BEIRUT: MP Butros Harb announced his candidacy for Lebanon's forthcoming presidential election on Thursday, while calling on various political groups to reach an agreement concerning the constitutional procedures tied to the poll. "I will immediately withdraw my candidacy if it is likely to stir more conflicts on the Lebanese political scene," Harb told a large audience who rallied to the Parliament's headquarters in Downtown Beirut.
During the two-hour conference, Harb presented his platform, which tackled a number of political as well as economic and social issues.
"My candidacy to the presidency is conditional; I will pull out of the race if politicians fail to reach a common understanding on the quorum needed to elect the next president," he said.
A heated debate concerning the quorum to elect the next president was set off in political circles a few months ago. While the opposition calls for a two-thirds quorum to elect the next president, the ruling coalition is pressing for the absolute majority option.
Article 49 of the Constitution stipulates that the president "shall be elected by secret ballot and by a two-thirds majority of the Chamber of Deputies. After a first ballot, an absolute majority shall be sufficient."
"I was determined to present my candidacy for the presidential race out of conviction that the election is a strictly Lebanese concern rather than an outside deal which does not take the opinions and aspirations of the Lebanese into consideration," Harb said.
The presidential hopeful said if he were elected, he would make sure to resume national dialogue and move it to the Presidential Palace, "so as to spare [Speaker] Nabih Berri from the burdens of such a task."
Harb also addressed the issue of Hizbullah's weapons, saying an "honorable solution ought to be found because the resistance has made a lot of sacrifices to liberate the South."
"The resistance should be able to protect Lebanon and pursue its goals by merging with the Lebanese Army within the framework of a clear-cut defense strategy," he argued.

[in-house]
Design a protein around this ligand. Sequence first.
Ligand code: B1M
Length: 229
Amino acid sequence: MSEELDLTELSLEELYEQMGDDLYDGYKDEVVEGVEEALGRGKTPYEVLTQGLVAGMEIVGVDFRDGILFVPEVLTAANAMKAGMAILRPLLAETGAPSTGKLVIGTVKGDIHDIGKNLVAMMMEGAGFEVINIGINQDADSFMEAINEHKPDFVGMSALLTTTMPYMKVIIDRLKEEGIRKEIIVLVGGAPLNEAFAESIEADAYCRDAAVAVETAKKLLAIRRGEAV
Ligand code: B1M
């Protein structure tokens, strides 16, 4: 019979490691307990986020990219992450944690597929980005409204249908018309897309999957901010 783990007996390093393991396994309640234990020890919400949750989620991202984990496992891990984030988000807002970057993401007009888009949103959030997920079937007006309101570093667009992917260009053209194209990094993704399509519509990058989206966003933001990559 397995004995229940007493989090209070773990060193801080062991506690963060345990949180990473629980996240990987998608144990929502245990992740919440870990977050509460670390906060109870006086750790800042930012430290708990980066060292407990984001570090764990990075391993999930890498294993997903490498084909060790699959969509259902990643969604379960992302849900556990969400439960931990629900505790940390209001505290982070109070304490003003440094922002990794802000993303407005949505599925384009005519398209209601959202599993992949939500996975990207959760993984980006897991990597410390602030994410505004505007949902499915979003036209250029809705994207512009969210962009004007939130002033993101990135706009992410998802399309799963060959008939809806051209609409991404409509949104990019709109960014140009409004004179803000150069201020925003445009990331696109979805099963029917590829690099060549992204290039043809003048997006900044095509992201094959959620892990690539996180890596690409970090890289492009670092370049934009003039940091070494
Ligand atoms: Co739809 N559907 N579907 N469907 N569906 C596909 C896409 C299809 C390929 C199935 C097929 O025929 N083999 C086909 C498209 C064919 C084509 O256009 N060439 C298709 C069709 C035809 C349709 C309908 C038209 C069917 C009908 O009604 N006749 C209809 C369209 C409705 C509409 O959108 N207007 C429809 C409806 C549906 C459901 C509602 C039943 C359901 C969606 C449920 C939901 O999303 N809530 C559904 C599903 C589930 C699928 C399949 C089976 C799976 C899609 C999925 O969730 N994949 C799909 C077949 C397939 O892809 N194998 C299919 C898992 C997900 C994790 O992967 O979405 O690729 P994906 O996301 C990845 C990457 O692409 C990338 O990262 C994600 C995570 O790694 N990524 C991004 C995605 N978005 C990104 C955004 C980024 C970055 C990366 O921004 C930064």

Harb added that the Lebanese authorities should be the only ones to possess weapons on Lebanese territories.
Concerning Lebanese-Syrian ties, which have suffered in the aftermath of the assassination of former Premier Rafik Hariri, Harb said the continuing crisis should be brought to an end.
"We call for Lebanese-Syrian dialogue to solve all pending matters, to outline the nature of future ties, and achieve a historical reconciliation between our two countries," he added.
Harb said a "healthy and equal" relationship with Syria could be achieved by "an exchange of embassies, the demarcation of borders, and revisiting past agreements in order to avoid previous mistakes."
An array of political as well as media figures were present at the briefing. The Parliament's auditorium was packed with reporters and photographers and the conference was moderated by the head of the Press Federation, Mohammad Baalbaki, and the head of the Journalists Union, Melhem Karam.
Harb outlined the requirements of Lebanon's next president as being "independent, democratic, open and transparent," adding that "Lebanon's next president should refuse any form of hegemony, represent all the Lebanese, and most important respect the Constitution and the Taif Accord."
Harb's platform focused on two major themes: reform and accountability. He vowed to introduce major reforms to public administrations, "so as to ensure better productivity." He also said accountability would be applied in all public sectors.
Harb also stressed the necessity of reforming the judiciary, "because preserving the independence of the judiciary is a key step toward the building of a healthy state."
He also promised to have a fair and efficient electoral law shaped "as soon as possible."
"I endorse an electoral law based on district representation as a first step, but I am a supporter of proportional representation; yet this could be applied at later stages," he said.
Harb, who started his career as a lawyer, was elected to Parliament in the 1976, 1996, 2000, and 2005 elections. He also served as education minister in 1979 and 1991 and as public works and transportation minister in 1980.
"I announce my candidacy today because I believe we should not surrender to despair and anxiety," he said. "Let us all work together to prevent our children from seeking better opportunities elsewhere and let's build a democratic and free nation."